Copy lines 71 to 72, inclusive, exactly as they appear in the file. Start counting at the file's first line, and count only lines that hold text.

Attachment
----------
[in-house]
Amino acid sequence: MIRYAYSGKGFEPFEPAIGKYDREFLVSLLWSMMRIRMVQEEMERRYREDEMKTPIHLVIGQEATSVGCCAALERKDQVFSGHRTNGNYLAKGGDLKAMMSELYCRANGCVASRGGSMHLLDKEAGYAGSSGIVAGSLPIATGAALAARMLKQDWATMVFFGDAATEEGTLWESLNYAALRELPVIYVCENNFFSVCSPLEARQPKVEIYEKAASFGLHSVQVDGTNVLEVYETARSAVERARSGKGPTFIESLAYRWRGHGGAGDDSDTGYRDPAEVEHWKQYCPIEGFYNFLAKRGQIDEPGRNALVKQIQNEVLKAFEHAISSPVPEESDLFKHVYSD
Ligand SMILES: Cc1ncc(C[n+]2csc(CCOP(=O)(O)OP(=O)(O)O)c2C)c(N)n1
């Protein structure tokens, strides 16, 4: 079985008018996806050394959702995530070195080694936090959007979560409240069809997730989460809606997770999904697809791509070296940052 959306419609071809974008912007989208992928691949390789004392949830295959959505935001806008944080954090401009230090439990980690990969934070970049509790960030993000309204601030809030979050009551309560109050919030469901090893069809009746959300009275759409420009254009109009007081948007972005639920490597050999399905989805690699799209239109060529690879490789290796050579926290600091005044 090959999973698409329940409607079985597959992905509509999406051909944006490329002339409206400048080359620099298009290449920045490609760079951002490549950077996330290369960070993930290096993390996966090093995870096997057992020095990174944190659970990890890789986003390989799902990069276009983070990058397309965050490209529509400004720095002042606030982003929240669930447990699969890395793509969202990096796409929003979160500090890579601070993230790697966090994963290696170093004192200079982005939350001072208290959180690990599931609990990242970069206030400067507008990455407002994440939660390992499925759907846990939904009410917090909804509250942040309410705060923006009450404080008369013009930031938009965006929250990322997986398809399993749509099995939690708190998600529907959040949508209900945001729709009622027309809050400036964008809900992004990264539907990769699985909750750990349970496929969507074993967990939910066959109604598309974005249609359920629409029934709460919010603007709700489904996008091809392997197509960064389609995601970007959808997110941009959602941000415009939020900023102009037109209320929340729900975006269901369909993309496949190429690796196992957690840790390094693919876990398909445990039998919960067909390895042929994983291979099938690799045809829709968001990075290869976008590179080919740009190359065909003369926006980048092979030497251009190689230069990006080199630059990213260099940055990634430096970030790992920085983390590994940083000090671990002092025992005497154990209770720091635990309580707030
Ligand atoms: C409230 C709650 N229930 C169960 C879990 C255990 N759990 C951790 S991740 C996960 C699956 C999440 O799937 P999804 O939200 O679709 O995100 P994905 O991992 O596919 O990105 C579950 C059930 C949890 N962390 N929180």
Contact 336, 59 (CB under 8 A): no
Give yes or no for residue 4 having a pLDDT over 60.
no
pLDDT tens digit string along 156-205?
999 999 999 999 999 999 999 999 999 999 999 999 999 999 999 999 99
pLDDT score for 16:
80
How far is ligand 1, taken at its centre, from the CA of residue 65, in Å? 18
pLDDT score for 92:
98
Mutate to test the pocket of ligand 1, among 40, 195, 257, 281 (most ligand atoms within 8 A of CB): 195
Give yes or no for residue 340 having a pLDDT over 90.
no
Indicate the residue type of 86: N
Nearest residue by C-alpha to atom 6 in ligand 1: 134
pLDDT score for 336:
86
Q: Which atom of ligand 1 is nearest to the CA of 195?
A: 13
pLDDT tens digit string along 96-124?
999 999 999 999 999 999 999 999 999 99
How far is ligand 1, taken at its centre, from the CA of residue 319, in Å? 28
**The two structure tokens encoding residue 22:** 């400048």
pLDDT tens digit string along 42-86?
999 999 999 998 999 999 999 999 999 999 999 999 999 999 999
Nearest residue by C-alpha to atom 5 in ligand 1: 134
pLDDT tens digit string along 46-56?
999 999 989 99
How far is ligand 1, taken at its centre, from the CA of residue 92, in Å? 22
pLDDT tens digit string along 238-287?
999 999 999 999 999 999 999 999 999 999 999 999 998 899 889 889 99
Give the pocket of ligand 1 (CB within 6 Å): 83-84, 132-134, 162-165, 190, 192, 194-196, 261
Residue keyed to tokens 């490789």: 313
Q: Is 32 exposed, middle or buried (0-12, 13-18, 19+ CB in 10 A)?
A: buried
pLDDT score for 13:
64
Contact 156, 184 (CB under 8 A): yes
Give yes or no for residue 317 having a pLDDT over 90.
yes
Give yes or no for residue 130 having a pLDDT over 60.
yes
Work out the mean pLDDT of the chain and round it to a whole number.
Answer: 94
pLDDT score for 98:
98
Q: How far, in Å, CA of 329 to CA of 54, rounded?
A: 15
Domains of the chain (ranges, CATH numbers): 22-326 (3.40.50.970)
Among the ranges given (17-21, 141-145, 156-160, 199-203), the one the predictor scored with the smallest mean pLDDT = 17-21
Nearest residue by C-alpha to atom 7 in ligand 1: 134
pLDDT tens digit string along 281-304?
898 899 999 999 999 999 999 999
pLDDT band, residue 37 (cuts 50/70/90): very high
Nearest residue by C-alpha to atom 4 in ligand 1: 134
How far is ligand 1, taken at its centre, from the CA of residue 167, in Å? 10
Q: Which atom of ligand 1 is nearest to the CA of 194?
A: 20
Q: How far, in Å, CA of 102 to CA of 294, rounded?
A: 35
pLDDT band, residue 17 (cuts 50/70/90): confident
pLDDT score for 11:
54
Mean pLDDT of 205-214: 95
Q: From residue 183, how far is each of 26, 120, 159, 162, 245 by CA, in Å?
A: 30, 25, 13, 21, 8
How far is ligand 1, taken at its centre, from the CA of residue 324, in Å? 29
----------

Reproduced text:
A: 30, 25, 13, 21, 8
How far is ligand 1, taken at its centre, from the CA of residue 324, in Å? 29